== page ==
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Webster 1913 Edition


Locate

Lo′cate

,
Verb.
T.
[
imp. & p. p.
Located
;
p. pr. & vb. n.
Locating
.]
[L.
locatus
, p. p. of
locare
to place, fr.
locus
place. See
Local
.]
1.
To place; to set in a particular spot or position.
The captives and emigrants whom he brought with him were
located
in the trans-Tiberine quarter.
B. F. Westcott.
2.
To designate the site or place of; to define the limits of;
as, to
locate
a public building; to
locate
a mining claim; to
locate
(the land granted by) a land warrant.
That part of the body in which the sense of touch is
located
.
H. Spencer.

Lo′cate

,
Verb.
I.
To place one’s self; to take up one's residence; to settle;
as, to
locate
in Seattle
.
[Colloq.]

Webster 1828 Edition


Locate

LO'CATE

,
Verb.
T.
[L. loco,locatus.]
1.
To place; to set in a particular spot or position.
2.
To select, survey and settle the bounds of a particular tract of land; or to designate a portion of land by limits; as, to locate a tract of a hundred acres in a particular township.
3.
To designate and determine the place of; as, a committee was appointed to locate a church or a court house.

Definition 2022


locate

locate

English

Verb

locate (third-person singular simple present locates, present participle locating, simple past and past participle located)

  1. (transitive) To place; to set in a particular spot or position.
    • B. F. Westcott
      The captives and emigrants whom he brought with him were located in the trans-Tiberine quarter.
    • 2013 June 22, T time”, in The Economist, volume 407, number 8841, page 68:
      The ability to shift profits to low-tax countries by locating intellectual property in them, which is then licensed to related businesses in high-tax countries, is often assumed to be the preserve of high-tech companies.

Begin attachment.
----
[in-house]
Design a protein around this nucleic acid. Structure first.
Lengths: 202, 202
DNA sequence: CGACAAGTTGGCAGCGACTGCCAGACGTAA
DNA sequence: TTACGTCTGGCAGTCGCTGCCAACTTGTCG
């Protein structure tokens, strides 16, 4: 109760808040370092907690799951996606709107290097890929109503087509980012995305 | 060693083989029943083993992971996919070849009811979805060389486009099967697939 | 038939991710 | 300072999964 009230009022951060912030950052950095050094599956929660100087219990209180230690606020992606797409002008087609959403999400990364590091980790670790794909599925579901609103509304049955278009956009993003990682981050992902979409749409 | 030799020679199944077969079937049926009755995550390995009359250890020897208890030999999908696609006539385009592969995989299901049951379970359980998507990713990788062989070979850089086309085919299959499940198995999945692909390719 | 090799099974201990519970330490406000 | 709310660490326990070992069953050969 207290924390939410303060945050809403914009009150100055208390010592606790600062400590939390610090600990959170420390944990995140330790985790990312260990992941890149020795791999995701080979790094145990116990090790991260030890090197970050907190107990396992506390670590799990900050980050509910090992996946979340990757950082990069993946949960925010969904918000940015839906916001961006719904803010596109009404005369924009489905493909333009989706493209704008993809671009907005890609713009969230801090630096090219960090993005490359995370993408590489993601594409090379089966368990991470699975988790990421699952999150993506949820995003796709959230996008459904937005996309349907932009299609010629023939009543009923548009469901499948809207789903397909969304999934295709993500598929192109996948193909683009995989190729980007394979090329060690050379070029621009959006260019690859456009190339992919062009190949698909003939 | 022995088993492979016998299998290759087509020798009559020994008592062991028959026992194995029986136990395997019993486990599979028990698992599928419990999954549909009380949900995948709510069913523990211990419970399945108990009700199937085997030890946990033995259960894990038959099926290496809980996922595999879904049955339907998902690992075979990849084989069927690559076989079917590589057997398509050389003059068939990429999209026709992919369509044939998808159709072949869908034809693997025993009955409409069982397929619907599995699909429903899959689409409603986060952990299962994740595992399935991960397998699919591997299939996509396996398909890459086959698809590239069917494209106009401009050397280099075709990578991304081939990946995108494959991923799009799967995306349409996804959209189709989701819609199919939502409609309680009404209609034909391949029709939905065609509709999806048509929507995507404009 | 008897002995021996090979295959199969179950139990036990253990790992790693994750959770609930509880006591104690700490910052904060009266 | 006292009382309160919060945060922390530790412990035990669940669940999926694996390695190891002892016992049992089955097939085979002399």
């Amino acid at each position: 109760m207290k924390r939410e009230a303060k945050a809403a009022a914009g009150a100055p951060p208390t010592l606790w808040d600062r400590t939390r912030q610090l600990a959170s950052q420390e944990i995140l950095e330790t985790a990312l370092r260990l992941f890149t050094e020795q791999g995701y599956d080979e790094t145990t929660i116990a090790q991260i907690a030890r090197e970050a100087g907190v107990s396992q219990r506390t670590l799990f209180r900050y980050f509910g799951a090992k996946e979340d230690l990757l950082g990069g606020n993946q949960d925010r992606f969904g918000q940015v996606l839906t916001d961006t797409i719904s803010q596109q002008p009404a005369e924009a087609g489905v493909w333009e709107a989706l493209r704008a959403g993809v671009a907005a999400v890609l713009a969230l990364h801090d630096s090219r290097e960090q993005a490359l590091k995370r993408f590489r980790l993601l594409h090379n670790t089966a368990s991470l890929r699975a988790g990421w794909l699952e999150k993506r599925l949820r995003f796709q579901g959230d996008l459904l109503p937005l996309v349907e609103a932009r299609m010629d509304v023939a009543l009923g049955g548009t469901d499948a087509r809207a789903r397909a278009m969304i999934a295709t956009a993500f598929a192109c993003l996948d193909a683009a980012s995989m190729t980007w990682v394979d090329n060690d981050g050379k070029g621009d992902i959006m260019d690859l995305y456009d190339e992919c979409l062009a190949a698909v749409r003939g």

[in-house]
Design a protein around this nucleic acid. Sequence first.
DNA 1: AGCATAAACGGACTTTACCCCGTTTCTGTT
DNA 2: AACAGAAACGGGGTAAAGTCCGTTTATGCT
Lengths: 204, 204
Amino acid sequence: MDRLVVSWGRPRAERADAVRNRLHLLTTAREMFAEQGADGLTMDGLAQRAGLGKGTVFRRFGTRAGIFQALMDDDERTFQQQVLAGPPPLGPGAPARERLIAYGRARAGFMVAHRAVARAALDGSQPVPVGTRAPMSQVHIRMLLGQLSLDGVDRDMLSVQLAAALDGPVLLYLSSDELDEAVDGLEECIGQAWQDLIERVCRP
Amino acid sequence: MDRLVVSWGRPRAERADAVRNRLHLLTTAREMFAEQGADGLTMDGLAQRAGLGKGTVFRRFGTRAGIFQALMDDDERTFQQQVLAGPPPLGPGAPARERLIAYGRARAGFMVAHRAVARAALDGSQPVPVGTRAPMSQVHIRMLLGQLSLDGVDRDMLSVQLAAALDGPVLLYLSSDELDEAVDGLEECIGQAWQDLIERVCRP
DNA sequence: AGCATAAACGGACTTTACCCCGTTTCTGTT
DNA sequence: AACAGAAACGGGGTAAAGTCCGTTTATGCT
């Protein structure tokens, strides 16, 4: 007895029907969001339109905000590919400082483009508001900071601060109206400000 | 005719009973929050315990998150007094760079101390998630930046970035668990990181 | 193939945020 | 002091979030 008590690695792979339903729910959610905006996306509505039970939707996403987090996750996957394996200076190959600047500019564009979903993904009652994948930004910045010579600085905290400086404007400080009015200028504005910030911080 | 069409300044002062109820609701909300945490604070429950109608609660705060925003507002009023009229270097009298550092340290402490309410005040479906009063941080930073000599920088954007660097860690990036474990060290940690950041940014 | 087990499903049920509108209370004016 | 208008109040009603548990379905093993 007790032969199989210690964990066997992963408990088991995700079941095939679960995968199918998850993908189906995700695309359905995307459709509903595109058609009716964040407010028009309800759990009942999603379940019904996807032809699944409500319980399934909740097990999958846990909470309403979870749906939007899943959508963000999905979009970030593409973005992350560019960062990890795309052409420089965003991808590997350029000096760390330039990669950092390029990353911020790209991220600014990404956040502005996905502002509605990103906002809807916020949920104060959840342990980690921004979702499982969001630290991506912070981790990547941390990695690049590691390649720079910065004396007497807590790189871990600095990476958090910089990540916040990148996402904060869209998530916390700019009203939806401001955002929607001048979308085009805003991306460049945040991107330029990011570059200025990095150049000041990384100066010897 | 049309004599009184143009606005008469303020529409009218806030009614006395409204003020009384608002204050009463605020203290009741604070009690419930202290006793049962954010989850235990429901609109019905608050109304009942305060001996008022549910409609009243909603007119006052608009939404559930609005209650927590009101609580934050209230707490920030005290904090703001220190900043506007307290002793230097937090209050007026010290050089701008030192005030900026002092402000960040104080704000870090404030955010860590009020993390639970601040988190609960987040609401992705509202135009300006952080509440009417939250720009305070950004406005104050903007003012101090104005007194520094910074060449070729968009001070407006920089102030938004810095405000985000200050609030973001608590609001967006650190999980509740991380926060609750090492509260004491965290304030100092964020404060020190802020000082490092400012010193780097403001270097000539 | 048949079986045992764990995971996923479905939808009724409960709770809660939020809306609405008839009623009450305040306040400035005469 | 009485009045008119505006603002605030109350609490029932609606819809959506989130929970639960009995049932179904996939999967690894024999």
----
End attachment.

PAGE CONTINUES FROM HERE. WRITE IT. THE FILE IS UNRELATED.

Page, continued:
2. (transitive) To find out where something is located.
    • 2013 May-June, Kevin Heng, Why Does Nature Form Exoplanets Easily?”, in American Scientist, volume 101, number 3, page 184:
      In the past two years, NASA’s Kepler Space Telescope has located nearly 3,000 exoplanet candidates ranging from sub-Earth-sized minions to gas giants that dwarf our own Jupiter. Their densities range from that of styrofoam to iron.
    • 1920, Mary Roberts Rinehart, Avery Hopwood, The Bat, chapterI:
      The Bat—they called him the Bat. []. He [] played a lone hand, []. Most lone wolves had a moll at any rate—women were their ruin—but if the Bat had a moll, not even the grapevine telegraph could locate her.
  3. (transitive) To designate the site or place of; to define the limits of (Note: the designation may be purely descriptive: it need not be prescriptive.)
    The council must locate the new hospital
    to locate a mining claim
    to locate (the land granted by) a land warrant
    • Herbert Spencer
      That part of the body in which the sense of touch is located.
  4. (intransitive, colloquial) To place one's self; to take up one's residence; to settle.
    (Can we add an example for this sense?)

Derived terms

Related terms

Translations

Anagrams


Italian

Verb

locate

  1. second-person plural present indicative of locare
  2. second-person plural imperative of locare
  3. feminine plural of locato

Anagrams


Latin

Participle

locāte

  1. vocative masculine singular of locātus